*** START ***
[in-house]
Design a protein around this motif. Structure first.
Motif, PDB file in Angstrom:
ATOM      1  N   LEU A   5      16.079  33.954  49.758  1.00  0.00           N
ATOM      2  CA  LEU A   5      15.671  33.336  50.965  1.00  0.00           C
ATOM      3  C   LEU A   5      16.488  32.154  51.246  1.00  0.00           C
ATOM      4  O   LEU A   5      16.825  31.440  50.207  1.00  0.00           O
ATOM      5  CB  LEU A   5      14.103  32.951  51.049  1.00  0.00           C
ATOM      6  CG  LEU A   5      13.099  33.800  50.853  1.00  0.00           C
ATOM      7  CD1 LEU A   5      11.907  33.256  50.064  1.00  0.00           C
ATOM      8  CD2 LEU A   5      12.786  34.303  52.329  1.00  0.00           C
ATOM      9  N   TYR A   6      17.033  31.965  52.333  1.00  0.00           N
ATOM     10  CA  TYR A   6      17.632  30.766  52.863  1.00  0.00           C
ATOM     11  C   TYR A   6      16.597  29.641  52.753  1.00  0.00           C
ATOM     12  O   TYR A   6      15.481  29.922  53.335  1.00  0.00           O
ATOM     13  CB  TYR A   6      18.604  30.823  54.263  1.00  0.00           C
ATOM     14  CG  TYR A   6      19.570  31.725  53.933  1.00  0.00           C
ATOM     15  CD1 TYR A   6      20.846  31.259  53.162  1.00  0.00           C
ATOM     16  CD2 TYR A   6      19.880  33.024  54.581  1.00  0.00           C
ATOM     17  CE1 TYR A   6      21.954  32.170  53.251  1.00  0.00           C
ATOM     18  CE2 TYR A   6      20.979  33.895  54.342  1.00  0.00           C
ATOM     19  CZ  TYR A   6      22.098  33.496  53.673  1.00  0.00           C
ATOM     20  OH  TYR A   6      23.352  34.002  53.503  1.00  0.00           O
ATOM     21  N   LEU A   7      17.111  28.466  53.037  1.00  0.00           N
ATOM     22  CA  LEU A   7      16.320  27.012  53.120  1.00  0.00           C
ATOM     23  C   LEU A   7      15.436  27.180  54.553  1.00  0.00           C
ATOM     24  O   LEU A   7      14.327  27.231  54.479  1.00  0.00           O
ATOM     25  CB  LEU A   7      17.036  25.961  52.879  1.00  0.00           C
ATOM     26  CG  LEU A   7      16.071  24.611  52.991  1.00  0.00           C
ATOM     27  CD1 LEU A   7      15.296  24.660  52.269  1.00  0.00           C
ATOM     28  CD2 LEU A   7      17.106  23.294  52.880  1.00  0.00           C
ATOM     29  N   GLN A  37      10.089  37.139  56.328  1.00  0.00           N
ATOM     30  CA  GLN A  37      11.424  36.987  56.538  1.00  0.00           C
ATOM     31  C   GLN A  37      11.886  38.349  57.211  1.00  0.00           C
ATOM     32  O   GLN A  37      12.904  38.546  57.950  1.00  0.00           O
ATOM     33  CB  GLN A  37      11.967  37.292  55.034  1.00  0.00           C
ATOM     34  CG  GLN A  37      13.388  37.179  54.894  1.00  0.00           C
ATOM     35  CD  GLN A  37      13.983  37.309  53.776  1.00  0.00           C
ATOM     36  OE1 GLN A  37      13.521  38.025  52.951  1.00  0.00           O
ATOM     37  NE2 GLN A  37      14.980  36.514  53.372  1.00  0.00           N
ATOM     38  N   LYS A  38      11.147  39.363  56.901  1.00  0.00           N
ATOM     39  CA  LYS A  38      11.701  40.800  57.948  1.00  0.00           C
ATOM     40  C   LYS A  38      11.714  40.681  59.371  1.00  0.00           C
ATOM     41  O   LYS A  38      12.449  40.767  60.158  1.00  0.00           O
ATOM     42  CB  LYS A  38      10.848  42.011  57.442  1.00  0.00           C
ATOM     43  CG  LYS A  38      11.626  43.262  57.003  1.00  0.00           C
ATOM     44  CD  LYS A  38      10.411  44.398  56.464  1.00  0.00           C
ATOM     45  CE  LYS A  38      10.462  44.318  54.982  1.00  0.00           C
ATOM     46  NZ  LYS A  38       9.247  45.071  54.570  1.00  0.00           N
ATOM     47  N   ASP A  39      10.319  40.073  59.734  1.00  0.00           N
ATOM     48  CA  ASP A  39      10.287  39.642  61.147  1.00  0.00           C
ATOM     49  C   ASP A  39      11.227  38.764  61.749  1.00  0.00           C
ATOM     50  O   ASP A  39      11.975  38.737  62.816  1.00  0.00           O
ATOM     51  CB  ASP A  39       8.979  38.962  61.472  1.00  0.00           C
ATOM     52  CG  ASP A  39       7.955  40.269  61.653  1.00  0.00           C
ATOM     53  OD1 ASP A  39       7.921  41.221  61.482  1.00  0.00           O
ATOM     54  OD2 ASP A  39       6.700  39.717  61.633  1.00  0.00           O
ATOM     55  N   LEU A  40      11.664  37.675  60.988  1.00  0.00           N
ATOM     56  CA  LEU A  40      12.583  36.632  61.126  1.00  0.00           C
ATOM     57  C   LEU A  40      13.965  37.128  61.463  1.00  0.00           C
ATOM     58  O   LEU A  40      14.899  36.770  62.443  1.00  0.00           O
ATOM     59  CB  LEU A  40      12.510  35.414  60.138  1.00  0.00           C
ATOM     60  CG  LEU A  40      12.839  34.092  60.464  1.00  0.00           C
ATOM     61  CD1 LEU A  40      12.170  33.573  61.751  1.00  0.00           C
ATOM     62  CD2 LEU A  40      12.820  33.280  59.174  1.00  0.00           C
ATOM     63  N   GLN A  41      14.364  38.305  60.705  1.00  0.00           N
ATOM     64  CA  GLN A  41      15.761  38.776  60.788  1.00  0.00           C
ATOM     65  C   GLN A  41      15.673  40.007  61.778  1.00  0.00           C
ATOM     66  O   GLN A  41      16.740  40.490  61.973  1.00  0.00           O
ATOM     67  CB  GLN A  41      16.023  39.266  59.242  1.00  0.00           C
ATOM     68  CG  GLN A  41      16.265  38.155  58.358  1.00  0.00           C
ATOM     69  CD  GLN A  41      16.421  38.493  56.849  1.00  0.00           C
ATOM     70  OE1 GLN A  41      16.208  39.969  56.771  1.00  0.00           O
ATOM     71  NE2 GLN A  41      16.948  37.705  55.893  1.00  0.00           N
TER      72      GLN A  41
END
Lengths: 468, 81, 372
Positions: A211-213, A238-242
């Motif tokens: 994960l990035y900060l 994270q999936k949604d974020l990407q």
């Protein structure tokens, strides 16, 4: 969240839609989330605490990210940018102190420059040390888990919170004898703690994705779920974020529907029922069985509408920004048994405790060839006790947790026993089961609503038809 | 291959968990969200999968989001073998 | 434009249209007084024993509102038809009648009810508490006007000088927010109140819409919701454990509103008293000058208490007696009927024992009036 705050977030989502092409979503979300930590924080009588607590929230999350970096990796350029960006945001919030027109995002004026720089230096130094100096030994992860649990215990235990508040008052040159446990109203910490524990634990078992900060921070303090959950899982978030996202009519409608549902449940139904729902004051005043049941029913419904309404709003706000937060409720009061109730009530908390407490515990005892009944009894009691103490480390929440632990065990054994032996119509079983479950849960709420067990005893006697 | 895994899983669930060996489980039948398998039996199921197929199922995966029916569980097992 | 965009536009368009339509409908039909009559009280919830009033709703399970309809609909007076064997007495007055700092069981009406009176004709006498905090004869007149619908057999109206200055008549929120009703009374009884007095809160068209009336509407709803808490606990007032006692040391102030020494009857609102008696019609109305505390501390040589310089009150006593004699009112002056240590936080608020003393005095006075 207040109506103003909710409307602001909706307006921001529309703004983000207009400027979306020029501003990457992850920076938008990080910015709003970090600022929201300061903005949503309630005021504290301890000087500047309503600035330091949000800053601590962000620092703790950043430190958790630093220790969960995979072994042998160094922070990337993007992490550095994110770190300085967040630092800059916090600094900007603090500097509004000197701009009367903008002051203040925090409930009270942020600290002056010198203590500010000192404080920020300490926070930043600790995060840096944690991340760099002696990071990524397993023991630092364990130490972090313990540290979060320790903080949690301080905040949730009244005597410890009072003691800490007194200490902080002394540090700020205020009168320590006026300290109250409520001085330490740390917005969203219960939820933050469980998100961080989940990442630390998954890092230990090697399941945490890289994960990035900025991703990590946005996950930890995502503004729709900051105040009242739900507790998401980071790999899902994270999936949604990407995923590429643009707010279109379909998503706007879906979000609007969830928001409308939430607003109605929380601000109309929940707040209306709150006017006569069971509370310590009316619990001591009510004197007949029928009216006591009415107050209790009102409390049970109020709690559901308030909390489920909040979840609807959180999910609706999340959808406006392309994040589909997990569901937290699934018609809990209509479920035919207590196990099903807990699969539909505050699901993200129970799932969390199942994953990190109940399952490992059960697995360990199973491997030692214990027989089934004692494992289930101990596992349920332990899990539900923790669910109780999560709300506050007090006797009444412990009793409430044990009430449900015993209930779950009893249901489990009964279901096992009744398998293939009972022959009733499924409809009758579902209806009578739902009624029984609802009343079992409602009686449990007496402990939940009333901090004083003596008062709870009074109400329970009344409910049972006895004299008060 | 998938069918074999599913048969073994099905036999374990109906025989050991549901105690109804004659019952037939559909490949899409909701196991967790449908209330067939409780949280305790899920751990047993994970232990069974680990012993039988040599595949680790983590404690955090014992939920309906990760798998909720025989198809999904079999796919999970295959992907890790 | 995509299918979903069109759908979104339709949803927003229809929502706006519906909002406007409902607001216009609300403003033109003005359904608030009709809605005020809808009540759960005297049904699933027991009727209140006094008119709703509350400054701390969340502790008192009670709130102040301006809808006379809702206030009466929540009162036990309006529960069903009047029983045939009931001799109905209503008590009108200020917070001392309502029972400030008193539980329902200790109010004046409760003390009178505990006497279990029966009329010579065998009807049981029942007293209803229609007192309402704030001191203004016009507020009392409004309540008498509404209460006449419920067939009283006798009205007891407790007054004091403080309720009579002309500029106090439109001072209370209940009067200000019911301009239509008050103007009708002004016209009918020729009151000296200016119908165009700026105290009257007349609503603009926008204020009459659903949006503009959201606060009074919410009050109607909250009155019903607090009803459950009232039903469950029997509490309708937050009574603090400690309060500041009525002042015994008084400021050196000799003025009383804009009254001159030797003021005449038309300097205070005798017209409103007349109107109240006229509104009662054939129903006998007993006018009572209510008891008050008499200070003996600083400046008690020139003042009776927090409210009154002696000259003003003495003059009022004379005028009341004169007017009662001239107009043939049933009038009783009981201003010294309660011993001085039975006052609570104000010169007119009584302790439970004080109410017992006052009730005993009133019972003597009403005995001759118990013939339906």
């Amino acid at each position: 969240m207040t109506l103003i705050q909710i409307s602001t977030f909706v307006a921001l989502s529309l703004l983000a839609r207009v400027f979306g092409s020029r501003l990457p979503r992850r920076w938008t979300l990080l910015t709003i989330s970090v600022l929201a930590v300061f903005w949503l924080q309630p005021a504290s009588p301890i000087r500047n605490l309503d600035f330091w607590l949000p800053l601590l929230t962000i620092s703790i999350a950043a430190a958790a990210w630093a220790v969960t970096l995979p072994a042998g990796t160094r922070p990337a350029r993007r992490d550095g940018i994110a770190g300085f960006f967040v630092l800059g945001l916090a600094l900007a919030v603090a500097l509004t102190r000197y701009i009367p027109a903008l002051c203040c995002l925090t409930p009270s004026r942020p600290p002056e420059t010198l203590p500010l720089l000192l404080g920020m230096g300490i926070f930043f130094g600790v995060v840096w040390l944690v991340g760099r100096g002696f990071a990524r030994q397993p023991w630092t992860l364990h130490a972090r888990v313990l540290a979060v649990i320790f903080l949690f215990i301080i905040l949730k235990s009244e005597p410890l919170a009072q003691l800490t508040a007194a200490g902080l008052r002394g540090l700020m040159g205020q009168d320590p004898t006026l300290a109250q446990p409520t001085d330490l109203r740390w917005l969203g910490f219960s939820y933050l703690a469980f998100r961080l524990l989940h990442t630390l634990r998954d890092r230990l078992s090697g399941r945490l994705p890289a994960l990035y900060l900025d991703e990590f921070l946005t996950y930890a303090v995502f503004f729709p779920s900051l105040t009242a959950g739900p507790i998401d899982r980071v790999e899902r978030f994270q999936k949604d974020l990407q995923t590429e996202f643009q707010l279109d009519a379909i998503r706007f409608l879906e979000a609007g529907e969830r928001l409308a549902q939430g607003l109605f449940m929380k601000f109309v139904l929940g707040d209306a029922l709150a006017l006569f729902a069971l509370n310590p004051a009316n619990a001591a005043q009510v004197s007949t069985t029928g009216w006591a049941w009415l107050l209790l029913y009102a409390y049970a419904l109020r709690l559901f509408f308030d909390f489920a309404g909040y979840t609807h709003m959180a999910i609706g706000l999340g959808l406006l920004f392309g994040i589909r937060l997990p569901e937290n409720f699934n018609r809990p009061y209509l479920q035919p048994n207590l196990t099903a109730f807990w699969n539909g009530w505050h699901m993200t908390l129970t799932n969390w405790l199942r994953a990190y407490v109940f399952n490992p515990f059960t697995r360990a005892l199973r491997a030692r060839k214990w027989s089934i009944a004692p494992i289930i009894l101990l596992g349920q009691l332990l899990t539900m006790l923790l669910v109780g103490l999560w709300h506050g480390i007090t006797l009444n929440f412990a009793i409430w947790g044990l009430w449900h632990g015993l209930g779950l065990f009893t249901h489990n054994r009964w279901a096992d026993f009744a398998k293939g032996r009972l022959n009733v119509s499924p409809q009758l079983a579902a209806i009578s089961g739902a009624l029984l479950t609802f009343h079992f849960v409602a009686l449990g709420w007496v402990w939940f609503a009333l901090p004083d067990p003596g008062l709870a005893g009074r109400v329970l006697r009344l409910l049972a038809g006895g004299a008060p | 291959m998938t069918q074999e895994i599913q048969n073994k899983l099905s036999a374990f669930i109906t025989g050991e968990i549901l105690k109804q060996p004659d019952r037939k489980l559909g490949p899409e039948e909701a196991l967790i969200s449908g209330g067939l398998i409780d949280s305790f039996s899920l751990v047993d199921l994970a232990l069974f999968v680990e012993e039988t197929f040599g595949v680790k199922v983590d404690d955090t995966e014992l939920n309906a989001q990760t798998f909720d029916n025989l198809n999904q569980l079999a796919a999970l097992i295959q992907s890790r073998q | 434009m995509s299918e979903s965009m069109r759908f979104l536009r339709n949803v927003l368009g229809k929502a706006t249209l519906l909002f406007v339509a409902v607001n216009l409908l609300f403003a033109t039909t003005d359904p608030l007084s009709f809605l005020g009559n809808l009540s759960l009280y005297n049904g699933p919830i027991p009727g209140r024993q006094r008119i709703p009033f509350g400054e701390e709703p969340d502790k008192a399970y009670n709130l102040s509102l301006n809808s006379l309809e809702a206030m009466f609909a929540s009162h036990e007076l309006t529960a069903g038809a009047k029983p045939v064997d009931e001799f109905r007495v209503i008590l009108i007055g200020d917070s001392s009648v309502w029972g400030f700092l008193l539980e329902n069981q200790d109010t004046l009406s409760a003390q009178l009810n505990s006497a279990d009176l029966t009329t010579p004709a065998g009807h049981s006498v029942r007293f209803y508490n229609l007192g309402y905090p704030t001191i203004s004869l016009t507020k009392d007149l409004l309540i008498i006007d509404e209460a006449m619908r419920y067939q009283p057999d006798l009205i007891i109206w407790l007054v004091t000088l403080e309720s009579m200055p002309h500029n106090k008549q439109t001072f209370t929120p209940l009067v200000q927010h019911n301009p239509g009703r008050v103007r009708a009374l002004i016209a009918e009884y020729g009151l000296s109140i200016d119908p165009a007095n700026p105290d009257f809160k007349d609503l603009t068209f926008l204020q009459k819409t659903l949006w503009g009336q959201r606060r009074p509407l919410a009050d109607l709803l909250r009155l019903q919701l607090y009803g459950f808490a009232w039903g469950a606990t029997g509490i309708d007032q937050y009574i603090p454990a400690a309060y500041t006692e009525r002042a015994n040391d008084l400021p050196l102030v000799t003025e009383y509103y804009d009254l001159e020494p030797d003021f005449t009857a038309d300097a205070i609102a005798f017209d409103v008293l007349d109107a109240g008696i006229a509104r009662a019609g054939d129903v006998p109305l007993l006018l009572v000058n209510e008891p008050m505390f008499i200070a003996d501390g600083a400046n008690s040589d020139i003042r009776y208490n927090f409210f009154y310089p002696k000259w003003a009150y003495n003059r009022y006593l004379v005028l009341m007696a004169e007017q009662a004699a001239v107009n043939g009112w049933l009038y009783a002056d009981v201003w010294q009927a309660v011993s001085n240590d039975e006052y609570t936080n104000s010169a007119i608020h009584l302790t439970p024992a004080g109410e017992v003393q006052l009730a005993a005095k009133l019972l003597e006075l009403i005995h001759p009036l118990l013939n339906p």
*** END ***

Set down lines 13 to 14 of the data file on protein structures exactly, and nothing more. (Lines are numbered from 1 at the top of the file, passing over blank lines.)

ATOM     10  CA  TYR A   6      17.632  30.766  52.863  1.00  0.00           C
ATOM     11  C   TYR A   6      16.597  29.641  52.753  1.00  0.00           C